News / USA

Gene-Modified Corn Designed to Resist Drought

Drought-Resistant GM Corn gets Mixed Reactionsi
X
Steve Baragona
August 17, 2012 4:00 PM
Drought is parching the farm states of the American Midwest, and experts say intense droughts are becoming more likely with climate change. One company is fighting back using genetic engineering. Next season, Monsanto expects to be the first company on the market with genetically modified varieties of maize (called corn in the US) that are better able to handle the dry weather. But some critics say not to expect too much. VOA's Steve Baragona has a look from Nebraska.

Farm states of the American Midwest are parched, and experts say climate change makes intense droughts more likely.

SUTTON, Nebraska — Walking through Bruce Trautman's cornfields near drought-hit Sutton, Nebraska, you could walk right by Monsanto's genetically-modified, drought-tolerant varieties and not notice a difference.
 
With about a third less rainfall this season, the leaves are turning brown just like their conventional neighbors.
 
But Trautman peels back the husks to show ears of modified corn that look bigger, with more kernels than the others.
 
With a month or so to go before harvest, more hot, dry weather may still take its toll, but, Trautman says, "to see this much difference at this point in time is exceptional."
 
Risk of drought growing
Bruce Trautman grows conventional and genetically modified drought-tolerant corn near Sutton, Nebraska, August 2012 (S. Baragona / VOA).Bruce Trautman grows conventional and genetically modified drought-tolerant corn near Sutton, Nebraska, August 2012 (S. Baragona / VOA).
x
Bruce Trautman grows conventional and genetically modified drought-tolerant corn near Sutton, Nebraska, August 2012 (S. Baragona / VOA).
Bruce Trautman grows conventional and genetically modified drought-tolerant corn near Sutton, Nebraska, August 2012 (S. Baragona / VOA).
While other researchers and companies are using conventional techniques to improve drought tolerance, Monsanto expects to be the first company on the market with genetically-modified varieties of corn better able to handle the dry weather.

This year's drought across the corn-growing region of the United States has been the worst in decades. But experts say intense droughts are becoming more likely worldwide with climate change.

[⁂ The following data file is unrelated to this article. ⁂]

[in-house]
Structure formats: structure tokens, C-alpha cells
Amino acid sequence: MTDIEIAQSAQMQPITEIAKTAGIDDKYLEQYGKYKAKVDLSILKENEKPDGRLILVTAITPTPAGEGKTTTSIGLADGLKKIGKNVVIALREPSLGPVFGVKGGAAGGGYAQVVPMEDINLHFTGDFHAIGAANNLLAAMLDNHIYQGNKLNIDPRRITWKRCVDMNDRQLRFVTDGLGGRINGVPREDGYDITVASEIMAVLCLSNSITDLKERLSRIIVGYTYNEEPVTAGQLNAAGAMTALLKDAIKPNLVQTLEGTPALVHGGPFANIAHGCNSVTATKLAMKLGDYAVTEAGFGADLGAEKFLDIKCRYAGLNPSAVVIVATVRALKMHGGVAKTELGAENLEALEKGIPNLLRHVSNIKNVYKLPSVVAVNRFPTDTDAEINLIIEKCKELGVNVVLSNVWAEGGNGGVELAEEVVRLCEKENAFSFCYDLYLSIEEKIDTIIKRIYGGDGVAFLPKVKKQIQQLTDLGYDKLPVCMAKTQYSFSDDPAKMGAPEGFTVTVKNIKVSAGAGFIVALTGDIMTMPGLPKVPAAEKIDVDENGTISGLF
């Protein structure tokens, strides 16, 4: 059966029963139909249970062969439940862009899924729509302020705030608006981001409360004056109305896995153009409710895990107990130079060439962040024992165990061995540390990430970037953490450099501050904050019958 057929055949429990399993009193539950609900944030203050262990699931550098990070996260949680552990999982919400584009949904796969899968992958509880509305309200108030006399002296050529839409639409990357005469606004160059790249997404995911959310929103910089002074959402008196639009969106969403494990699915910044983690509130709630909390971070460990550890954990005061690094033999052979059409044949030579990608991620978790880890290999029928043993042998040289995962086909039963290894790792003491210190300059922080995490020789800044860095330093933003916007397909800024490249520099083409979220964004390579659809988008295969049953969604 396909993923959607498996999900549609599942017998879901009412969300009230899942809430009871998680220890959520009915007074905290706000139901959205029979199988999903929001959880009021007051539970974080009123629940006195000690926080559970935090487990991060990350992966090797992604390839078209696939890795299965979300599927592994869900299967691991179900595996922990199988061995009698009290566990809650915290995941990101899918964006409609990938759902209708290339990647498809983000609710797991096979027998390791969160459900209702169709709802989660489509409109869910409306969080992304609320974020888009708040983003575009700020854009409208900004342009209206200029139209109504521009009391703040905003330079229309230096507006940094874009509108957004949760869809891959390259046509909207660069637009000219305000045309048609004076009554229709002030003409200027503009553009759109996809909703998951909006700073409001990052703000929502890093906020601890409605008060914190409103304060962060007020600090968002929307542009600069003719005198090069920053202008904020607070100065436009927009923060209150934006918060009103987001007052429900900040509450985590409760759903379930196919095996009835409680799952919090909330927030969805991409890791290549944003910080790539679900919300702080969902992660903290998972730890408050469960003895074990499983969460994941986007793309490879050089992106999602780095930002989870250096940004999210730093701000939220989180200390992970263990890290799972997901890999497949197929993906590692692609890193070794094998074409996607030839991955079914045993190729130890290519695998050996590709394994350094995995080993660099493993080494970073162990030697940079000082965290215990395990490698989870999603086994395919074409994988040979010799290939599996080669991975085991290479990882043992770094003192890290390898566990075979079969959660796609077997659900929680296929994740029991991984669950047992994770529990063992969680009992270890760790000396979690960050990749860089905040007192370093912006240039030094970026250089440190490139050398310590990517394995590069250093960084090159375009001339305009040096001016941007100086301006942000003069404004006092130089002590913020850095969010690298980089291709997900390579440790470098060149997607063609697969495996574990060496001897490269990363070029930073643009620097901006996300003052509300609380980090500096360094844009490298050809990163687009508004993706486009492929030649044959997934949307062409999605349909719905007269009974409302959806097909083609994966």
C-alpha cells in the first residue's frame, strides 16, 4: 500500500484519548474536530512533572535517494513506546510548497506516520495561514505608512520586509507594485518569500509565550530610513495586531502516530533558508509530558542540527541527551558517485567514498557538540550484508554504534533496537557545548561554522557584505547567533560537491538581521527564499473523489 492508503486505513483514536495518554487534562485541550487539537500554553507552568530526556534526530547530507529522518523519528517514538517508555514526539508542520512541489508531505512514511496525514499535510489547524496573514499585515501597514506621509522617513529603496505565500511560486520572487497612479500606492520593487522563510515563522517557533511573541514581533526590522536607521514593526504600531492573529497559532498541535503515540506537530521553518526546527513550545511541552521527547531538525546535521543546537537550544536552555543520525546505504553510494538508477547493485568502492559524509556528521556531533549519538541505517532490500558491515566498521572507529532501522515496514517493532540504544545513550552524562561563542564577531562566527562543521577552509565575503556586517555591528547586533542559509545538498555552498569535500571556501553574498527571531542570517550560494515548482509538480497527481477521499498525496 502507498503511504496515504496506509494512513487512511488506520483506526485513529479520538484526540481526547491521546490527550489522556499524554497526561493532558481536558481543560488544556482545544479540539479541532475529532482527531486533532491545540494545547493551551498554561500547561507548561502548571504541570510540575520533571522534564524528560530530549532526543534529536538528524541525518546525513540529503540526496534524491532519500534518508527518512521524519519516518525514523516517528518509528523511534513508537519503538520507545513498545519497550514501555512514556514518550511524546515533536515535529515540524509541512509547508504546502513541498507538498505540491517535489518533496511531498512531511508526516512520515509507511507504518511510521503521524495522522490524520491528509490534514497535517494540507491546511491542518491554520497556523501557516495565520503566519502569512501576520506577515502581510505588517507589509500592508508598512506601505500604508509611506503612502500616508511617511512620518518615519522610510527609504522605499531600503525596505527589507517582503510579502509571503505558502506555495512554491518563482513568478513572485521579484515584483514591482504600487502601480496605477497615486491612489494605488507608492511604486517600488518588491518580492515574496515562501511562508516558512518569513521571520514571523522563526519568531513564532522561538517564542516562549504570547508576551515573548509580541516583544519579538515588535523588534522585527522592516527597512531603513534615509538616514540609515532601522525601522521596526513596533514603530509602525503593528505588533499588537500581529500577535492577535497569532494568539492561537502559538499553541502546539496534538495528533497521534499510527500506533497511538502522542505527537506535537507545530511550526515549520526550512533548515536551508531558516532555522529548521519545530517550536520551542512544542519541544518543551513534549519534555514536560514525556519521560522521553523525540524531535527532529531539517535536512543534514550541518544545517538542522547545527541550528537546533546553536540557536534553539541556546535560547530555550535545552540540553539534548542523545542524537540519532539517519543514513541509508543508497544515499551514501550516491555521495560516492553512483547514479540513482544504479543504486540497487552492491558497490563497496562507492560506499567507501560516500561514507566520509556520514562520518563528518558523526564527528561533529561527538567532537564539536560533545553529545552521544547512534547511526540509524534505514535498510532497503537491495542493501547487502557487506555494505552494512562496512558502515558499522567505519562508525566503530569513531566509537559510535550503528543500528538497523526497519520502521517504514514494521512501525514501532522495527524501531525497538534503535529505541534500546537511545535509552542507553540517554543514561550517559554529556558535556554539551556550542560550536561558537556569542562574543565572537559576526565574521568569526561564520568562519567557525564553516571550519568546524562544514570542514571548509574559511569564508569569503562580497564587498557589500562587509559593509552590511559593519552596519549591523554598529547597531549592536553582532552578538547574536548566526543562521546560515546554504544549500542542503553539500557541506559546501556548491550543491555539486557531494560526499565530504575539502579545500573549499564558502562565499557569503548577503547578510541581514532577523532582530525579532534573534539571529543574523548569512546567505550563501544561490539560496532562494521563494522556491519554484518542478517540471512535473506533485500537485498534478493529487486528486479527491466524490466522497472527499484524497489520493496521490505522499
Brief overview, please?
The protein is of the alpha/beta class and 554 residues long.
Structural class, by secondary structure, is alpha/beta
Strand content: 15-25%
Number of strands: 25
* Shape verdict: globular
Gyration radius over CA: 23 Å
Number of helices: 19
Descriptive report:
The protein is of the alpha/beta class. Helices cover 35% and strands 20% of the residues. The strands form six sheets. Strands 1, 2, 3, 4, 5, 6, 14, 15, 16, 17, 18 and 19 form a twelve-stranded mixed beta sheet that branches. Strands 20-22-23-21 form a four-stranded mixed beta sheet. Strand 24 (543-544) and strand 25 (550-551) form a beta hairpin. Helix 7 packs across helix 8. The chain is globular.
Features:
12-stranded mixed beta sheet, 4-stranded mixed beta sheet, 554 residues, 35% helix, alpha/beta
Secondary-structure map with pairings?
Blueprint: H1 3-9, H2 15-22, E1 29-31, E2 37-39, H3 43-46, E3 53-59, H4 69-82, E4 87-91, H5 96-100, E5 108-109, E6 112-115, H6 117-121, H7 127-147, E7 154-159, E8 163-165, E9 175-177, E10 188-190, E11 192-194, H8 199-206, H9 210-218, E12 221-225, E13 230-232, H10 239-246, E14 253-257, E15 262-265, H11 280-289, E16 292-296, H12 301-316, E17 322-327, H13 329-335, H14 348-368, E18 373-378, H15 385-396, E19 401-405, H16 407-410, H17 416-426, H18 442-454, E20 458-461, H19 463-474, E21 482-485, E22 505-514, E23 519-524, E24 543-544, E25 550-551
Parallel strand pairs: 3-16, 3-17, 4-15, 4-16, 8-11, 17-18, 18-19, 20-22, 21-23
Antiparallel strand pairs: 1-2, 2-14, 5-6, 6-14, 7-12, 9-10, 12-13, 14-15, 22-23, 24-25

Trautman is one of about 250 U.S. farmers field-testing Monsanto's new corn. The main difference, according to Monsanto's Mark Edge, comes down to one gene.
 
Cellular jam resistance
 
"The gene is actually found in soil bacteria," Edge says. "It's a common soil bacteria. And what it does for the bacteria is help it survive through that stress."
 
Added to the corn plant, the gene helps it through drought by keeping its cellular machinery from jamming. The strings of chemical code that carry instructions to the cell's protein-building machines can get tangled up under stress. Adding the bacterial gene helps keep those strings untangled and the machinery running smoothly.
 
It seems to be helping Bruce Trautman's corn. But that is just one field, and the season is not over yet, so Edge is cautious.
 
"Growers are very excited about it, but we need to wait until the yields come in to get a better evaluation of that," he says.
 
A modest step forward
 
Skeptics, such as Doug Gurian-Sherman with the Union of Concerned Scientists, do not expect big improvements from the genetically-modified corn.
 
"It's a step forward, but it's very, very modest," he says. And in severe droughts, the added gene may not help much.
 
"There are more cost-effective and more reliable, at this point, ways of improving things like drought tolerance," Gurian-Sherman says, such as conventional crop breeding and better soil management. "And I think we need to put more of our effort into those areas."
 
Although he does not have any immediate safety concerns, he says testing should be more rigorous.
 
'A very powerful tool'
 
Edge says the crops have been tested and regulators have approved them, and he agrees conventional breeding and soil management are important.
 
"There isn't one thing that's going to address drought," he says. "It's a combination of things. And this is a very powerful tool."
 
Farmers will see just how powerful when the harvest comes in this fall.
 

You May Like

Turkey: No Ransom Paid for Release of Hostages Held by IS Militants

President Erdogan hails release of hostages as diplomatic success but declines to be drawn on whether their release freed Ankara's hand to take more active stance against insurgents More

Audio Sierra Leone Ends Ebola Lockdown

Health ministry says it has reached 75 percent of its target of visiting 1.5 million homes to locate infected, educate population about virus More

US Pivot to Asia Demands Delicate Balancing Act

As tumult in Middle East distracts Obama administration, efforts to shift American focus eastward appear threatened More

This forum has been closed.
Comments
     
There are no comments in this forum. Be first and add one

Featured Videos

Your JavaScript is turned off or you have an old version of Adobe's Flash Player. Get the latest Flash player.
Natural Gas Export Plan Divides Maryland Towni